CEO Update | Monday 01 February
The Novavax COVID-19 vaccine showed 89.3% efficacy in the UK Phase 3 clinical trial. This is an incredibly important development for the UK and the world in being able to tackle COVID-19. The UK has played a crucial role, with over 15,000 UK citizens participating in the trial. Thanks to the foresight and planning of the Government’s Vaccine Taskforce (VTF), the UK has secured 60 million doses, most of which will be manufactured at BIA member FUJIFILM Diosynth Biotechnologies's facilities in Billingham, Stockton-on-Tees. Further positive news came from Janssen, with their single dose vaccine shown to be 66% effective against COVID-19.
I’ve had a busy week explaining the key role of the UK biotech and life sciences sector in collaborating to build the UK’s vaccine manufacturing capability - see here in the Financial Times and the Daily Telegraph . After Prime Minister Boris Johnson visited Valneva in Scotland last week to see the development of the Livingston plant which is being invested in to produce their COVID-19 vaccines, the UK ordered additional doses of Valneva’s vaccine today. Across our sector collaboration is increasing manufacturing capacity at speed, it’s great to see Sanofi agree to help Pfizer/BioNTech and Bayer have announced that they will help with the Curevac vaccine.
The manufacturing and logistical challenge that comes in scaling the production of COVID-19 vaccines cannot be over-stated. At the end of last week, we saw the EU briefly invoke Article 16 of the Northern Ireland Protocol, as it allowed its concerns about EU vaccine supply to escalate into an unedifying few hours of political drama. This was rightly condemned for the risk it posed to the Northern Ireland peace process and the decision was rapidly reversed. However, new export control measures are being introduced and the EU reserved the right to take further measures. A meeting between the European Commission and key industry players took place yesterday to develop a way forward and I hope the focus of everyone’s energies can be on the collaboration (public, private and cross-border) needed to produce as many doses of vaccine as possible.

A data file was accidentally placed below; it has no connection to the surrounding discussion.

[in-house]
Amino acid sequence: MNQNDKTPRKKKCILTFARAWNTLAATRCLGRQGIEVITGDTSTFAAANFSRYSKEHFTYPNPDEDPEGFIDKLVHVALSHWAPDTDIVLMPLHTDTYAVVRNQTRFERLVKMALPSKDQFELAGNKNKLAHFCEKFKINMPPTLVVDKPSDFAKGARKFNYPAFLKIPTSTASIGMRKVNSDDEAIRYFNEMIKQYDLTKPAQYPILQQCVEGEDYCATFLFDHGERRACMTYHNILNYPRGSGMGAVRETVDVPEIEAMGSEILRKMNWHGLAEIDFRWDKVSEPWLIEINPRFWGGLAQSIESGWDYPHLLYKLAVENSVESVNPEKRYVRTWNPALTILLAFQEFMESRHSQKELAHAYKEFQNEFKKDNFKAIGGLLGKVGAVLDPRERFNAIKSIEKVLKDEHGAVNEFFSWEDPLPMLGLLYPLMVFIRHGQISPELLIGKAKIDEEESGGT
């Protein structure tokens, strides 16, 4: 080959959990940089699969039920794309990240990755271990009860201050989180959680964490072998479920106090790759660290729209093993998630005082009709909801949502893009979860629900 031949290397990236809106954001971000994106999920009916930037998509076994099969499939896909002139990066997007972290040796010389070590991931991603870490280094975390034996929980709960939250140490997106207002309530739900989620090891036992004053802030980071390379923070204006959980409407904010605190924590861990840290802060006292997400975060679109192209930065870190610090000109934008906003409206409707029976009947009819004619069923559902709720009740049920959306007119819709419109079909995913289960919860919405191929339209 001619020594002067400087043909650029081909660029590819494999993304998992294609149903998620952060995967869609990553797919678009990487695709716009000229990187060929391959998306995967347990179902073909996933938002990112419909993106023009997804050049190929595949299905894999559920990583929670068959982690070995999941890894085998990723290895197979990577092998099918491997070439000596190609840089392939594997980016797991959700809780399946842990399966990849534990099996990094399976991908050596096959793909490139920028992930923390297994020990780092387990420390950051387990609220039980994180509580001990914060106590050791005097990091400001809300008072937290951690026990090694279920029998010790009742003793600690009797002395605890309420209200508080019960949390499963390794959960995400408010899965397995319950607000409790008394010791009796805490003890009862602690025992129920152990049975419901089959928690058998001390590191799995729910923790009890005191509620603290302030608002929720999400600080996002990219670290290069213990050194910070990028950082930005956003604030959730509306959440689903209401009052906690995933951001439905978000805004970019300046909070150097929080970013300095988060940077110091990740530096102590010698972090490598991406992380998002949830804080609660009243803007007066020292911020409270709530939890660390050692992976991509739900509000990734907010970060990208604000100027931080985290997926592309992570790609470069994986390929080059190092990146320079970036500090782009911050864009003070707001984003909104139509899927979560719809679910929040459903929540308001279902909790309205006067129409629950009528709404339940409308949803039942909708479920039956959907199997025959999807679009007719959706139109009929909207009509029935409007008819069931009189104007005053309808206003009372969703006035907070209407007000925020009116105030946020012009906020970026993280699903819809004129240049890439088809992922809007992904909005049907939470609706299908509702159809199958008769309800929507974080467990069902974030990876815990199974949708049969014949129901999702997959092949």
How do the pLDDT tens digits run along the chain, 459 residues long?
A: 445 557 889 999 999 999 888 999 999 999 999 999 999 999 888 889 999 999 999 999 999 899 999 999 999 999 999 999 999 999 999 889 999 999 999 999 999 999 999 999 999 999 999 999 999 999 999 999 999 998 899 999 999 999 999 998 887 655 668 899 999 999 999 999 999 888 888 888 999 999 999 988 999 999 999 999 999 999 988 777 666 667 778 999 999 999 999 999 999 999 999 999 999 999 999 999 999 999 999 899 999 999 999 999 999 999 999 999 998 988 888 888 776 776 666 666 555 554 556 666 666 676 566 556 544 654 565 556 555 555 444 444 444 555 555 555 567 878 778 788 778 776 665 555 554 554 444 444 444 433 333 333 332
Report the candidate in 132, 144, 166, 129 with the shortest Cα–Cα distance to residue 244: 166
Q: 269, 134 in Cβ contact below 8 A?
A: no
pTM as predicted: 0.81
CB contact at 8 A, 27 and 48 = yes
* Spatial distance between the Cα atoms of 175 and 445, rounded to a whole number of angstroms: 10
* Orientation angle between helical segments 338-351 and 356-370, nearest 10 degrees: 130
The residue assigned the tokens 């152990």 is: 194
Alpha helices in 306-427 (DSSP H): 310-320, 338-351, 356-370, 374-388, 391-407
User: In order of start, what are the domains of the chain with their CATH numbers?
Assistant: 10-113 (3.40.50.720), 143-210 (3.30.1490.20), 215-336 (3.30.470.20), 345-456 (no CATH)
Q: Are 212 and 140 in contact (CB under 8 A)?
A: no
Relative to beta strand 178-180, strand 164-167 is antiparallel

Our industry remains global. We have global supply chains and no single country has the capability to do everything alone. Despite the new restrictions, which the EU insists are temporary, the real story of vaccine manufacture, supply and delivery has been the coming together of different companies and the public sector to jointly answer the question of how to manufacture as much vaccine as possible, as efficiently as possible.
However, this episode makes even more urgent the need for practical technical solutions to be agreed at the highest political levels, resolving outstanding areas of uncertainty in the Northern Ireland Protocol when it comes to medicines. I am raising these issues with Ministers today.
Matt Hancock G7 Chatham House speech on Genomics
Last week Matt Hancock MP, Secretary of State for Health and Social Care, announced that the UK will offer its genomic capacity to sequence the full genetic code of the COVID-19 virus to scientists and governments around the world. This is an interesting example of the Government using the Presidency of the G7 this year to build UK life sciences and biotech capability into international structures.
The rapid genetic sequencing and identification of new COVID-19 variants via the New Variant Assessment Platform, will not only inform public health measures but also be the bedrock of novel vaccine discovery and development. Life sciences companies in the UK, by sharing their industrial expertise and capability with this new Public Health England platform, can contribute scalable vaccine development to the world. Immediate opportunities for the UK innovation ecosystem are likely to be in innovative mRNA platforms, rapidly adaptable to vaccines for potential future variants.
COVID-19 therapies - Regeneron data
More positive news from Regeneron that one of the two monoclonal antibodies in Regeneron's cocktail therapy can neutralize both the British and South African variants of the COVID-19 virus.